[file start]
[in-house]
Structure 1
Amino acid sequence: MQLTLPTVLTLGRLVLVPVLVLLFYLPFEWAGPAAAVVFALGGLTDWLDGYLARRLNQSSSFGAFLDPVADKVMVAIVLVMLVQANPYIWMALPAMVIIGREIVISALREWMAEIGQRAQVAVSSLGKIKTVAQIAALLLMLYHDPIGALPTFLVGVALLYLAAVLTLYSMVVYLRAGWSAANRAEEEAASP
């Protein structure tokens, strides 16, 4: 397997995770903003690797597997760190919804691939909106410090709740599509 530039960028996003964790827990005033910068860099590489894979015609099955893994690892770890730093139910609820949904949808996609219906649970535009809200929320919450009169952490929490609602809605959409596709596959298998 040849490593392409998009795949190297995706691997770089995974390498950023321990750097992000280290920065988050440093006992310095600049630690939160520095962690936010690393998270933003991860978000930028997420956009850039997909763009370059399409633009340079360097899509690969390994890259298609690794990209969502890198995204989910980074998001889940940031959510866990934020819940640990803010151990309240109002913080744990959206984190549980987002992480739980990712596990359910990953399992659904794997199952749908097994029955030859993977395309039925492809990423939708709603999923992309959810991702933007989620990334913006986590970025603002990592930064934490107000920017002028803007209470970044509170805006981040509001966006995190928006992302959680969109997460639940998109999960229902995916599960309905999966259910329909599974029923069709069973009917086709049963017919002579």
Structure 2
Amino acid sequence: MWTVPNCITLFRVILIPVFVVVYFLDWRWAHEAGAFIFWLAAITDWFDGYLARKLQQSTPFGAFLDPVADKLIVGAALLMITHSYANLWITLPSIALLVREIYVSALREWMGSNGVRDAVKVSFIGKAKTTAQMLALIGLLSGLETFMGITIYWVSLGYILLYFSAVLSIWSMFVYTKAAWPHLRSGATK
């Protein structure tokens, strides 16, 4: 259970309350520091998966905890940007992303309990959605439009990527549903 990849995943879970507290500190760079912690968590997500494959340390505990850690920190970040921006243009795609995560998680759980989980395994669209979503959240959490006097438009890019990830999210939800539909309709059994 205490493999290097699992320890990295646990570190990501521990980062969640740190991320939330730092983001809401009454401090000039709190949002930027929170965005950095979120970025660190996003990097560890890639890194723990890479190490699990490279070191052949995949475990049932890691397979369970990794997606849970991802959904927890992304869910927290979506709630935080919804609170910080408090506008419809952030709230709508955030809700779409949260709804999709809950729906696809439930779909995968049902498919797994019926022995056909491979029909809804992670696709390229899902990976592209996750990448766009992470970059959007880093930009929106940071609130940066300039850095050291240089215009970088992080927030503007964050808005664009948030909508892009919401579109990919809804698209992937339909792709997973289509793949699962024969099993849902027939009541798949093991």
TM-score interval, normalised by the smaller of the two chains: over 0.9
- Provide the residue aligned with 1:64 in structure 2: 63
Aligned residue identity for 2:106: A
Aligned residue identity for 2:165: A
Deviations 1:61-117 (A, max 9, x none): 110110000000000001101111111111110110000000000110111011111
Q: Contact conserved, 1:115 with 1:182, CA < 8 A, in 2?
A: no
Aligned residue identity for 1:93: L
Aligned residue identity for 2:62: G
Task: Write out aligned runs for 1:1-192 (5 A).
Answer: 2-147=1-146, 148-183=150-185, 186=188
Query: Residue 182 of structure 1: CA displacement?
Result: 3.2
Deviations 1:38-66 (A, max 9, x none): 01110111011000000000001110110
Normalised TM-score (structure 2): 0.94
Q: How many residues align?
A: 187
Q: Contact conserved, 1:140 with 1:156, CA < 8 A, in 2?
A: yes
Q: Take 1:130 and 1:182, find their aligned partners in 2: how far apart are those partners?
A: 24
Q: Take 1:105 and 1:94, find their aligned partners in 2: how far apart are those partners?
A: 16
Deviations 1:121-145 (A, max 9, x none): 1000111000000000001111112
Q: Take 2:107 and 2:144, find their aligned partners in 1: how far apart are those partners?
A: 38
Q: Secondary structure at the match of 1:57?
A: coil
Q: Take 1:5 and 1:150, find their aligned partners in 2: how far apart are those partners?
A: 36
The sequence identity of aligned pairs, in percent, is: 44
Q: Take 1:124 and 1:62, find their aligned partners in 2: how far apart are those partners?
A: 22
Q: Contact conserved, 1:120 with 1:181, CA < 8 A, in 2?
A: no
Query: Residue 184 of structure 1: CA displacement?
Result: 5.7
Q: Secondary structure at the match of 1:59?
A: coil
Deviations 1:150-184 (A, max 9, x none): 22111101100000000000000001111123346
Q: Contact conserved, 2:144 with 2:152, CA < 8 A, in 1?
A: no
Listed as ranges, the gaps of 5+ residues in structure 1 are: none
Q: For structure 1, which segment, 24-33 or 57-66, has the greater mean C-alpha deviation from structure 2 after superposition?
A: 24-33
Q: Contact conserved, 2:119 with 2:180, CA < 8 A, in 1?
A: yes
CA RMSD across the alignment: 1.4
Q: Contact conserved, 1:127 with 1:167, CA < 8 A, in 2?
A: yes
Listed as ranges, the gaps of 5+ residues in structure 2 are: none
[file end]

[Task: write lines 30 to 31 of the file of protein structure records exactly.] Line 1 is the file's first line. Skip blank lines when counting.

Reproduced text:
A: 16
Deviations 1:121-145 (A, max 9, x none): 1000111000000000001111112